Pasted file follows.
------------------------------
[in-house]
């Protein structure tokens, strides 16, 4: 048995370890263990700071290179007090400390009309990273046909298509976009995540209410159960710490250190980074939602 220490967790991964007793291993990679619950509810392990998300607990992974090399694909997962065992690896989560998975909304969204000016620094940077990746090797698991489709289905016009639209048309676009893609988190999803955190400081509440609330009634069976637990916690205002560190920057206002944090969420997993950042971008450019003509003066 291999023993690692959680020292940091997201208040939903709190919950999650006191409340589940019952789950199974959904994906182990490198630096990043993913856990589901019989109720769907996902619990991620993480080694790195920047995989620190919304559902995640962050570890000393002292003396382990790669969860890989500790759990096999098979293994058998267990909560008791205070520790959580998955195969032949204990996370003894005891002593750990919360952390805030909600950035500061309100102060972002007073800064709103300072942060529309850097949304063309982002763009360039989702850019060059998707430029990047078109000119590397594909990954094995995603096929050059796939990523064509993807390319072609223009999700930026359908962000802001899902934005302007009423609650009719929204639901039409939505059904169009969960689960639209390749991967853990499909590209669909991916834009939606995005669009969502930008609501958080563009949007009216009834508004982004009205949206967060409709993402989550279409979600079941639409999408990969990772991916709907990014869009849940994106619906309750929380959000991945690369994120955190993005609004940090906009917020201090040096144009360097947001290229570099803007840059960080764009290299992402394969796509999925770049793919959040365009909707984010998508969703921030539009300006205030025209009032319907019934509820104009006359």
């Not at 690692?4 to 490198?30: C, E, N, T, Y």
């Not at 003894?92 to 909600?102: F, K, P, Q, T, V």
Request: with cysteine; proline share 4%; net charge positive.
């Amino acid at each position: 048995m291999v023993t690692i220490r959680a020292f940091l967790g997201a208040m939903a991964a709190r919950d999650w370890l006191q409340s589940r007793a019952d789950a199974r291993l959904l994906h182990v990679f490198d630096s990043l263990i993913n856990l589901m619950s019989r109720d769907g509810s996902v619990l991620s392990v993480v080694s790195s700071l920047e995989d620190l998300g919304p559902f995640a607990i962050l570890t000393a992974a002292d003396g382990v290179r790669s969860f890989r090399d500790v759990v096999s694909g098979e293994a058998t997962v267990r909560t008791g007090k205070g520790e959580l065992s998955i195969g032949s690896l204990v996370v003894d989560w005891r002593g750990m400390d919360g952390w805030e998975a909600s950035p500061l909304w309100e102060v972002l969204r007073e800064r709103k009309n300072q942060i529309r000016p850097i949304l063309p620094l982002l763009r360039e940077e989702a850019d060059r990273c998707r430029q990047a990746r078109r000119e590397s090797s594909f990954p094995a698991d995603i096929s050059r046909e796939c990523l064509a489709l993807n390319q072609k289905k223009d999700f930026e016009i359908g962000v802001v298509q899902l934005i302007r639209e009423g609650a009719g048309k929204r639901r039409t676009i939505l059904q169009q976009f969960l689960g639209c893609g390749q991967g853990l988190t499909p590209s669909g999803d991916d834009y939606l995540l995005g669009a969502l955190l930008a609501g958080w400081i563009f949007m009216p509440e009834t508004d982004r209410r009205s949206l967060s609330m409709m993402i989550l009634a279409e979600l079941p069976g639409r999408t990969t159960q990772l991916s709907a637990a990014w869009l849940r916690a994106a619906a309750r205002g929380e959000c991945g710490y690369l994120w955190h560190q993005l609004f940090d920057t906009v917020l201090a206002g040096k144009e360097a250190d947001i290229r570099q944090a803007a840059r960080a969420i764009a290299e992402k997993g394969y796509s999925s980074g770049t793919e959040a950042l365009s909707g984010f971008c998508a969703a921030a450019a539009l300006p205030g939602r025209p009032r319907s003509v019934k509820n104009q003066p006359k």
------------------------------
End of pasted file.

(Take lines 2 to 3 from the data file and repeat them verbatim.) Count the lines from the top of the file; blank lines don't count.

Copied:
């Protein structure tokens, strides 16, 4: 048995370890263990700071290179007090400390009309990273046909298509976009995540209410159960710490250190980074939602 220490967790991964007793291993990679619950509810392990998300607990992974090399694909997962065992690896989560998975909304969204000016620094940077990746090797698991489709289905016009639209048309676009893609988190999803955190400081509440609330009634069976637990916690205002560190920057206002944090969420997993950042971008450019003509003066 291999023993690692959680020292940091997201208040939903709190919950999650006191409340589940019952789950199974959904994906182990490198630096990043993913856990589901019989109720769907996902619990991620993480080694790195920047995989620190919304559902995640962050570890000393002292003396382990790669969860890989500790759990096999098979293994058998267990909560008791205070520790959580998955195969032949204990996370003894005891002593750990919360952390805030909600950035500061309100102060972002007073800064709103300072942060529309850097949304063309982002763009360039989702850019060059998707430029990047078109000119590397594909990954094995995603096929050059796939990523064509993807390319072609223009999700930026359908962000802001899902934005302007009423609650009719929204639901039409939505059904169009969960689960639209390749991967853990499909590209669909991916834009939606995005669009969502930008609501958080563009949007009216009834508004982004009205949206967060409709993402989550279409979600079941639409999408990969990772991916709907990014869009849940994106619906309750929380959000991945690369994120955190993005609004940090906009917020201090040096144009360097947001290229570099803007840059960080764009290299992402394969796509999925770049793919959040365009909707984010998508969703921030539009300006205030025209009032319907019934509820104009006359």
């Not at 690692?4 to 490198?30: C, E, N, T, Y």